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Posts treating: "scientists"

Sunday, 26 April 2015

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Fucino2015 meeting: Twitter roundup 

Paleoseismicity [2015-04-26 09:59:35]  recommend  recommend this post  (33 visits) info

 IT
The 2015 INQUA International Workshop on Active Tectonics, Paleoseismology and Archaeoseismology in the Fucino Basin is over – but luckily some of the scientists have covered the meeting on Twitter! For those who missed the meeting in Italy, read and enjoy this recap – you might want to consider going to the next PATA Days. The tweets are sorted chronologically, with the oldest tweets at the bottom and the latest tweets right below: Geologists contemplate the societal effects of

Goddard Institute to Aid Search for Life in Distant Worlds 

State of the Planet [2015-04-22 16:40:57]  recommend  recommend this post  (29 visits) info
Despite its name, the NASA Goddard Institute for Space Studies (GISS) has in recent years concentrated on planet Earth–mainly, its widely used computer models used by scientists around the world to measure and predict the impact of greenhouse gases on climate. This week NASA announced that the Earth Institute-affiliated center will also play a leading role in a new initiative to

Three Wolves Left On Isle Royale 

Lake Scientist [2015-04-21 17:32:06]  recommend  recommend this post  (24 visits) info

 US
In the 1980s, wolf populations on Lake Superior’s Isle Royale peaked at around 50. Since then, their numbers have dwindled and scientists studying them say that there are only three[...] The post Three Wolves Left On Isle Royale appeared first on Lake

Scientists At Work- The Latest On Dog Domestication 

Reporting on a Revolution [2015-04-19 08:45:00]  recommend  recommend this post  (26 visits) info
Over at Science Magazine David Grimm has written a very informative article on the status of research on dog domestication. Its about the techniques being brought to bear on the question of the place and timing of dog origins and also about the scientists involved in the research, their pet theories and the conflicts within the field. An excerpt: Hulme-Beaman has spent the past 6

A Scientific Debate 

Real Climate [2015-04-13 15:40:14]  recommend  recommend this post  (29 visits) info

 US,AU
Guest posting from Bill Ruddiman, University of Virginia Recently I’ve read claims that some scientists are opposed to AGW but won’t speak out because they fear censure from a nearly monolithic community intent on imposing a mainstream view. Yet my last 10 years of personal experience refute this claim. This story began late in 2003

GIFT at the Assembly: Mineral Resources 

GeoLog-The official blog of the European Geosciences Union [2015-04-13 12:30:44]  recommend  recommend this post  (19 visits) info

 AU,IN
The EGU’s Geosciences Information for Teachers (GIFT) programme offers teachers attending the conference the opportunity to hone their Earth science skills. The General Assembly workshop is one of GIFT’s most important activities of the year, combining talks on current research with hands-on activities presented by educators. What’s more, scientists can also come to the sessions – here’s what’s in store… The theme of this year’s GIFT workshop (EOS1) is Mineral Resources – [...]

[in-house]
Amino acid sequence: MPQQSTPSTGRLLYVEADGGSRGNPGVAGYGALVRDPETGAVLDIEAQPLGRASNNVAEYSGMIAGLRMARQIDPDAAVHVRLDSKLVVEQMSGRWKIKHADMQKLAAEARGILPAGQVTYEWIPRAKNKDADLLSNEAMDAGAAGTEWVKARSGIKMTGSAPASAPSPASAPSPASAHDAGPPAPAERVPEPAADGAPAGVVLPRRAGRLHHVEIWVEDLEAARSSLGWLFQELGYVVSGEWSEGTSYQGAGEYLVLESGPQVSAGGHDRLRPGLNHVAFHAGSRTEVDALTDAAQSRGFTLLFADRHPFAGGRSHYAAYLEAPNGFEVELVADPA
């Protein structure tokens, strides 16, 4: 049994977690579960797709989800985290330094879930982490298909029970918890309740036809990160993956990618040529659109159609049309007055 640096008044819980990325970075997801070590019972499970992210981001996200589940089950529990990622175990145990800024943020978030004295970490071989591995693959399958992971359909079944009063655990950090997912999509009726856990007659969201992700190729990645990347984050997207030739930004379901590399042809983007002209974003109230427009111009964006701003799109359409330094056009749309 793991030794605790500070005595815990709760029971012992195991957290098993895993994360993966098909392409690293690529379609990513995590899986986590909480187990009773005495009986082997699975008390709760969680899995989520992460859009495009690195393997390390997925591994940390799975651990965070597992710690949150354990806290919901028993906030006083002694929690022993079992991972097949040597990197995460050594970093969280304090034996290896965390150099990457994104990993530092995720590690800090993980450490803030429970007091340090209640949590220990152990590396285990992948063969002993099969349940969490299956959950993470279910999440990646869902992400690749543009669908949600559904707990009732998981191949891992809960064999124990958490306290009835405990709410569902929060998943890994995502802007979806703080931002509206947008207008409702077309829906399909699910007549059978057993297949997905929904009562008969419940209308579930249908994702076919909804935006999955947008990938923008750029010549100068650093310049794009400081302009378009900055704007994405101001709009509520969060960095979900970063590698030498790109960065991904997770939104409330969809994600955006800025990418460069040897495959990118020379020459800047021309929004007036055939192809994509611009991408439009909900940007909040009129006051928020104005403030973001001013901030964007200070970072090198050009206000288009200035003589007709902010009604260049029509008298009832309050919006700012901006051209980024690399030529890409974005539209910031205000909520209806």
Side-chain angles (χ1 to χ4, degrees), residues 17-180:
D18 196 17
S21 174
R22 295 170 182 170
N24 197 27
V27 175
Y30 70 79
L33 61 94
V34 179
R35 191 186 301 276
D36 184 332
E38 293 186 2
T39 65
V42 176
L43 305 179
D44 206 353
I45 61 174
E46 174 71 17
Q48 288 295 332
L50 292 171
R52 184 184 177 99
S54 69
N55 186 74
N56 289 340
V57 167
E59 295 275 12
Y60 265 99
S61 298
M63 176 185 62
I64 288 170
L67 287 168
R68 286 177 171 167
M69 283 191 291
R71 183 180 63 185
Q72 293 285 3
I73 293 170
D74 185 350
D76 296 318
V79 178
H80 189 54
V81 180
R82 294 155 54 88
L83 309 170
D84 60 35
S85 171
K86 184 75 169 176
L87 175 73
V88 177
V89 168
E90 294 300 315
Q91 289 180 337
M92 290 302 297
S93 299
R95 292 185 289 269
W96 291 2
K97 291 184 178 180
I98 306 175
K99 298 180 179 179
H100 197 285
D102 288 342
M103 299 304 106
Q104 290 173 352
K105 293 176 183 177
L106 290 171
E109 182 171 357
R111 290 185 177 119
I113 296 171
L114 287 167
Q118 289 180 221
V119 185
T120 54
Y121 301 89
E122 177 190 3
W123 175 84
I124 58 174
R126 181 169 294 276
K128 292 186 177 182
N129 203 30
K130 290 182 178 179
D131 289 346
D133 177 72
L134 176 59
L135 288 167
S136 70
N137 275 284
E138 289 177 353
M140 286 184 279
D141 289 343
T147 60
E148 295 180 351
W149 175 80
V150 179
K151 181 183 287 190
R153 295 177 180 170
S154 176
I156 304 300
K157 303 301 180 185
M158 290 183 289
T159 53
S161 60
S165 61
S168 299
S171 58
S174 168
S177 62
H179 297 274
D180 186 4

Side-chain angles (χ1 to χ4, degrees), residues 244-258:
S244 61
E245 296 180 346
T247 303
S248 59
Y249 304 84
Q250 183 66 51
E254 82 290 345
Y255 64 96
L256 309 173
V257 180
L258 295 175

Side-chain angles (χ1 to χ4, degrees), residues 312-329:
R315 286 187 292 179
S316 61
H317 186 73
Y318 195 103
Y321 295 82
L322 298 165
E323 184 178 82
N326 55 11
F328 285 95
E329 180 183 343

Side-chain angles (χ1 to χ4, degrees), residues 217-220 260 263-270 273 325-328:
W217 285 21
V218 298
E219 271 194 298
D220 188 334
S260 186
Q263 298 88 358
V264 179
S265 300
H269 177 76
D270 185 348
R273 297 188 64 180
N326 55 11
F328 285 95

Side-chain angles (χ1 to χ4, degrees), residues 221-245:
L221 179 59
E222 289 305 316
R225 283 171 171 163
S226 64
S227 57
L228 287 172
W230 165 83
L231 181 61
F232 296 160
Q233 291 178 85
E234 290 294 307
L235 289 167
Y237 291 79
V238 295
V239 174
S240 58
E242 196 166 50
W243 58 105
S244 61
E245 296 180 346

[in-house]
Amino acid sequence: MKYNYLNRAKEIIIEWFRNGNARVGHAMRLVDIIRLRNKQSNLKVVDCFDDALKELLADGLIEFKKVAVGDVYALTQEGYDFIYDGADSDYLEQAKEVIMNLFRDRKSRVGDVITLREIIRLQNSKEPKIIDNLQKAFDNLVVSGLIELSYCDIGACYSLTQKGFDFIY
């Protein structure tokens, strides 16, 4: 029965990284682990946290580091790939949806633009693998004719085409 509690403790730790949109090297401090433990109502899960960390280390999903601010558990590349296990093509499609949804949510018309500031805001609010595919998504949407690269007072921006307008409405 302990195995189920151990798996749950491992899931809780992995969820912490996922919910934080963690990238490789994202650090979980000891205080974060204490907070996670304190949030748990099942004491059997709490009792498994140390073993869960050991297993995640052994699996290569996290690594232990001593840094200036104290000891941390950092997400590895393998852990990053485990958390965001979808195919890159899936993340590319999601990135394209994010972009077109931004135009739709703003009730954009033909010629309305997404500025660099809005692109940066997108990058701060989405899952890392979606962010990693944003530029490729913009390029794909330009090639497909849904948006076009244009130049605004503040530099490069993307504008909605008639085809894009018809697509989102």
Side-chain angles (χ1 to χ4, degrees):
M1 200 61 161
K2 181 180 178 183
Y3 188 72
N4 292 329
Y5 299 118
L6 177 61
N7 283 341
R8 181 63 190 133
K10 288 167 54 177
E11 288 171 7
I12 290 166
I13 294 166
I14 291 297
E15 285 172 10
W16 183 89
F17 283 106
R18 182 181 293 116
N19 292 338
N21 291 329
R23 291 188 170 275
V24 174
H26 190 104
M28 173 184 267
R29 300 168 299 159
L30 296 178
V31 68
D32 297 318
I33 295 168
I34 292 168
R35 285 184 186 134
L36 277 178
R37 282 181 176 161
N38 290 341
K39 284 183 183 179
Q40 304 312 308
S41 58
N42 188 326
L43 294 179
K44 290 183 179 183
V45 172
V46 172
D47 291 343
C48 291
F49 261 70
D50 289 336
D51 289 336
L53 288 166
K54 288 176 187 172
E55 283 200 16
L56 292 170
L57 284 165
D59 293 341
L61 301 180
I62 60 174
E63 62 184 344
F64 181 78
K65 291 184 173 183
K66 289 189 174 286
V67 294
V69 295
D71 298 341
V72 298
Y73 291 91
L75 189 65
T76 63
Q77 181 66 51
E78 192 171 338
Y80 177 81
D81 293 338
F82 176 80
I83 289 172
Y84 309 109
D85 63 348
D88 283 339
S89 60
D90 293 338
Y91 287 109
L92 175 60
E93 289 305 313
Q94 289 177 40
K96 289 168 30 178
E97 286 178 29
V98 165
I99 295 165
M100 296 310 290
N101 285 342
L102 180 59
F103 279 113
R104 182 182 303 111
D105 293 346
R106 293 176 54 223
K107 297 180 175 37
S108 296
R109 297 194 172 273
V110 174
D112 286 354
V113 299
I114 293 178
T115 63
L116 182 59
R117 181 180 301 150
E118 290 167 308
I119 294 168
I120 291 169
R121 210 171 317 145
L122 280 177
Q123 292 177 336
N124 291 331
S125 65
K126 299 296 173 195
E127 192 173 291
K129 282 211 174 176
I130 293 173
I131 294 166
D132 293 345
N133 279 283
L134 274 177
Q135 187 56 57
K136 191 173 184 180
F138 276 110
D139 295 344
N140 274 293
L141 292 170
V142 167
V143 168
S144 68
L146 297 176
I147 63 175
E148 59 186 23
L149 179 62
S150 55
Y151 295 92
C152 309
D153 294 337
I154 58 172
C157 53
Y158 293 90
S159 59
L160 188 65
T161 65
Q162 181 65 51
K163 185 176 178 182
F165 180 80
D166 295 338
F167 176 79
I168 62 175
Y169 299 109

New study explains source of Earth’s mysterious ringing 

AGU Meetings [2015-04-07 18:24:21]  recommend  recommend this post  (34 visits) info
Scientists have come up with an explanation of why the Earth rings like a

Imaggeo on Mondays: Mirror Image 

GeoLog-The official blog of the European Geosciences Union [2015-04-06 13:30:41]  recommend  recommend this post  (27 visits) info

 SJ,NO,CN,BE,
This week’s Imaggeo on Mondays image is brought to you by Fabien Darrouzet, who visited the icy landscapes of Svalbard back in 2012. Whilst the aim of his trip was not to better understand the geology of the landscapes, his eyes were very much focused on goings on up, up in the sky, it didn’t stop him taking this still of the snow covered peaks. This picture was taken in Svalbard (78° lat.) in June 2012. I was there for one week in order to observe the transit of the planet Venus in front [...]

Scientists Uncover Yet Another Cambrian Weirdo 

Laelaps [2015-04-01 23:05:04]  recommend  recommend this post  (36 visits) info

 Cambrian
There is nothing wrong with your monitor. Do not attempt to adjust the picture. The creature at the top

Soon-to-End Mercury Mission May Hold Clues to Earth’s Evolution 

State of the Planet [2015-03-27 16:58:24]  recommend  recommend this post  (36 visits) info
NASA's MESSENGER spacecraft has been orbiting Mercury for the last four years, giving scientists an unprecedented look at our solar system's innermost planet. But now the craft's fuel supply is exhausted; inexorably drawn in by Mercury's gravity, it is scheduled to crash in April. Sean Solomon, director of Columbia University's Lamont-Doherty Earth Observatory, has been leading the mission, and in this video, he talks about its